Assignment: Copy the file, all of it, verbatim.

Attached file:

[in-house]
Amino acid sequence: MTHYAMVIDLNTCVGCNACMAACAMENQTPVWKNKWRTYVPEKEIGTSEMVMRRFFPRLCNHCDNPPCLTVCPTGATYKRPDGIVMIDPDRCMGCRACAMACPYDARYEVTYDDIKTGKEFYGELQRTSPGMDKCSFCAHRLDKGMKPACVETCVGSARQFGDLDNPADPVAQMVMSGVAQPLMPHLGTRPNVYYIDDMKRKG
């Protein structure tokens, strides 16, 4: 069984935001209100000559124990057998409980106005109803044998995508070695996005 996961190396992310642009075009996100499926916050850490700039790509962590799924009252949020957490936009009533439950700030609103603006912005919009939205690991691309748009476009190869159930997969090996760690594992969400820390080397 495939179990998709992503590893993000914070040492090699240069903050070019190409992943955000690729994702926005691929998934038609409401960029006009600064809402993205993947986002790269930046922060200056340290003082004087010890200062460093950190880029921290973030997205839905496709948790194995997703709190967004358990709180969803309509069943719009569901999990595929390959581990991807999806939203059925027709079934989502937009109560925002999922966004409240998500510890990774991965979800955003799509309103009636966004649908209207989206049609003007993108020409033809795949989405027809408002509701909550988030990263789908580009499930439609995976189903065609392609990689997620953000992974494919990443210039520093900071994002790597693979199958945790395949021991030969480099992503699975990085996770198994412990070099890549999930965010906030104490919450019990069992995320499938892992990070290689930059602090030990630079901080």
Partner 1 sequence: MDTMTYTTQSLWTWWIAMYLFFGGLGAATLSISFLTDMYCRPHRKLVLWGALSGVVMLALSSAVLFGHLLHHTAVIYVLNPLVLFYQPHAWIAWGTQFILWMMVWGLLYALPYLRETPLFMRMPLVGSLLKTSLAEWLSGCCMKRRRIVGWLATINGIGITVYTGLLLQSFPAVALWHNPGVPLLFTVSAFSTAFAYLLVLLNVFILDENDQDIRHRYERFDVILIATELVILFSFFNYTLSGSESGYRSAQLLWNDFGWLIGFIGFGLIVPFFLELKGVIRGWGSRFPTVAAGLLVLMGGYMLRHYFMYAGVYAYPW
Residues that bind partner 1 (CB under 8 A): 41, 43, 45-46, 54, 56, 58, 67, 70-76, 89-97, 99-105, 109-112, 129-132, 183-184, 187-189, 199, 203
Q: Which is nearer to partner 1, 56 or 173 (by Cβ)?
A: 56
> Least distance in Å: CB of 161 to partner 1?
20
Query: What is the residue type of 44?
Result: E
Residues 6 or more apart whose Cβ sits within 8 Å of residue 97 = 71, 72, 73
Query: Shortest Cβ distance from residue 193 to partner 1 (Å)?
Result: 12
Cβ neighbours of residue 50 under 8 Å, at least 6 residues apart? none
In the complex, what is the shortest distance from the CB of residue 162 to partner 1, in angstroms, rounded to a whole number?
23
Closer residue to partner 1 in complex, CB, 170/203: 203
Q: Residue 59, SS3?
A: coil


[in-house]
Amino acid sequence: MTHYAMVIDLNTCVGCNACMAACAMENQTPVWKNKWRTYVPEKEIGTSEMVMRRFFPRLCNHCDNPPCLTVCPTGATYKRPDGIVMIDPDRCMGCRACAMACPYDARYEVTYDDIKTGKEFYGELQRTSPGMDKCSFCAHRLDKGMKPACVETCVGSARQFGDLDNPADPVAQMVMSGVAQPLMPHLGTRPNVYYIDDMKRKG
């Protein structure tokens, strides 16, 4: 069984935001209100000559124990057998409980106005109803044998995508070695996005 996961190396992310642009075009996100499926916050850490700039790509962590799924009252949020957490936009009533439950700030609103603006912005919009939205690991691309748009476009190869159930997969090996760690594992969400820390080397 495939179990998709992503590893993000914070040492090699240069903050070019190409992943955000690729994702926005691929998934038609409401960029006009600064809402993205993947986002790269930046922060200056340290003082004087010890200062460093950190880029921290973030997205839905496709948790194995997703709190967004358990709180969803309509069943719009569901999990595929390959581990991807999806939203059925027709079934989502937009109560925002999922966004409240998500510890990774991965979800955003799509309103009636966004649908209207989206049609003007993108020409033809795949989405027809408002509701909550988030990263789908580009499930439609995976189903065609392609990689997620953000992974494919990443210039520093900071994002790597693979199958945790395949021991030969480099992503699975990085996770198994412990070099890549999930965010906030104490919450019990069992995320499938892992990070290689930059602090030990630079901080």
Partner 1 sequence: MDTMTYTTQSLWTWWIAMYLFFGGLGAATLSISFLTDMYCRPHRKLVLWGALSGVVMLALSSAVLFGHLLHHTAVIYVLNPLVLFYQPHAWIAWGTQFILWMMVWGLLYALPYLRETPLFMRMPLVGSLLKTSLAEWLSGCCMKRRRIVGWLATINGIGITVYTGLLLQSFPAVALWHNPGVPLLFTVSAFSTAFAYLLVLLNVFILDENDQDIRHRYERFDVILIATELVILFSFFNYTLSGSESGYRSAQLLWNDFGWLIGFIGFGLIVPFFLELKGVIRGWGSRFPTVAAGLLVLMGGYMLRHYFMYAGVYAYPW
Residues that bind partner 1 (CB under 8 A): 41, 43, 45-46, 54, 56, 58, 67, 70-76, 89-97, 99-105, 109-112, 129-132, 183-184, 187-189, 199, 203
Q: Which is nearer to partner 1, 56 or 173 (by Cβ)?
A: 56
> Least distance in Å: CB of 161 to partner 1?
20
Query: What is the residue type of 44?
Result: E
Residues 6 or more apart whose Cβ sits within 8 Å of residue 97 = 71, 72, 73
Query: Shortest Cβ distance from residue 193 to partner 1 (Å)?
Result: 12
Cβ neighbours of residue 50 under 8 Å, at least 6 residues apart? none
In the complex, what is the shortest distance from the CB of residue 162 to partner 1, in angstroms, rounded to a whole number?
23
Closer residue to partner 1 in complex, CB, 170/203: 203
Q: Residue 59, SS3?
A: coil